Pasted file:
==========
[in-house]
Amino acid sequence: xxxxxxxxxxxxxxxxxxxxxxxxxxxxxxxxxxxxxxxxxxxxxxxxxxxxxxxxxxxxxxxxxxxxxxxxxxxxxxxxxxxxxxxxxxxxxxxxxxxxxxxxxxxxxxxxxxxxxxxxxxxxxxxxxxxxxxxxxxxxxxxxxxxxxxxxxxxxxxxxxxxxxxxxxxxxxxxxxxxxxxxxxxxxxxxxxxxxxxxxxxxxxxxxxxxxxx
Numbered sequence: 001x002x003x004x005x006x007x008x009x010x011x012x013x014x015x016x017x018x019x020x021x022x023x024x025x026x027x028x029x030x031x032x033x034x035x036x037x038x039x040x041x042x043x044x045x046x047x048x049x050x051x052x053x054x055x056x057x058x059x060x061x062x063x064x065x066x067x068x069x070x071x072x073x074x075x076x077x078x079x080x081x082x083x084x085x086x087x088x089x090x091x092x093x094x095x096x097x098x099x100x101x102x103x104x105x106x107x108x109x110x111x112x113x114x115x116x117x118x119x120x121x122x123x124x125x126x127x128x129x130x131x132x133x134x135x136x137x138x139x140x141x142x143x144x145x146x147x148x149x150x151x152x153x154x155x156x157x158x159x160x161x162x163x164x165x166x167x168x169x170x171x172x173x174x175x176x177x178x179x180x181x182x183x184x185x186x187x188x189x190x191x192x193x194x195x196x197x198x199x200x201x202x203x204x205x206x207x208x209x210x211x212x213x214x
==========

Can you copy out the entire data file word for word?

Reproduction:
[in-house]
Amino acid sequence: xxxxxxxxxxxxxxxxxxxxxxxxxxxxxxxxxxxxxxxxxxxxxxxxxxxxxxxxxxxxxxxxxxxxxxxxxxxxxxxxxxxxxxxxxxxxxxxxxxxxxxxxxxxxxxxxxxxxxxxxxxxxxxxxxxxxxxxxxxxxxxxxxxxxxxxxxxxxxxxxxxxxxxxxxxxxxxxxxxxxxxxxxxxxxxxxxxxxxxxxxxxxxxxxxxxxxx
Numbered sequence: 001x002x003x004x005x006x007x008x009x010x011x012x013x014x015x016x017x018x019x020x021x022x023x024x025x026x027x028x029x030x031x032x033x034x035x036x037x038x039x040x041x042x043x044x045x046x047x048x049x050x051x052x053x054x055x056x057x058x059x060x061x062x063x064x065x066x067x068x069x070x071x072x073x074x075x076x077x078x079x080x081x082x083x084x085x086x087x088x089x090x091x092x093x094x095x096x097x098x099x100x101x102x103x104x105x106x107x108x109x110x111x112x113x114x115x116x117x118x119x120x121x122x123x124x125x126x127x128x129x130x131x132x133x134x135x136x137x138x139x140x141x142x143x144x145x146x147x148x149x150x151x152x153x154x155x156x157x158x159x160x161x162x163x164x165x166x167x168x169x170x171x172x173x174x175x176x177x178x179x180x181x182x183x184x185x186x187x188x189x190x191x192x193x194x195x196x197x198x199x200x201x202x203x204x205x206x207x208x209x210x211x212x213x214x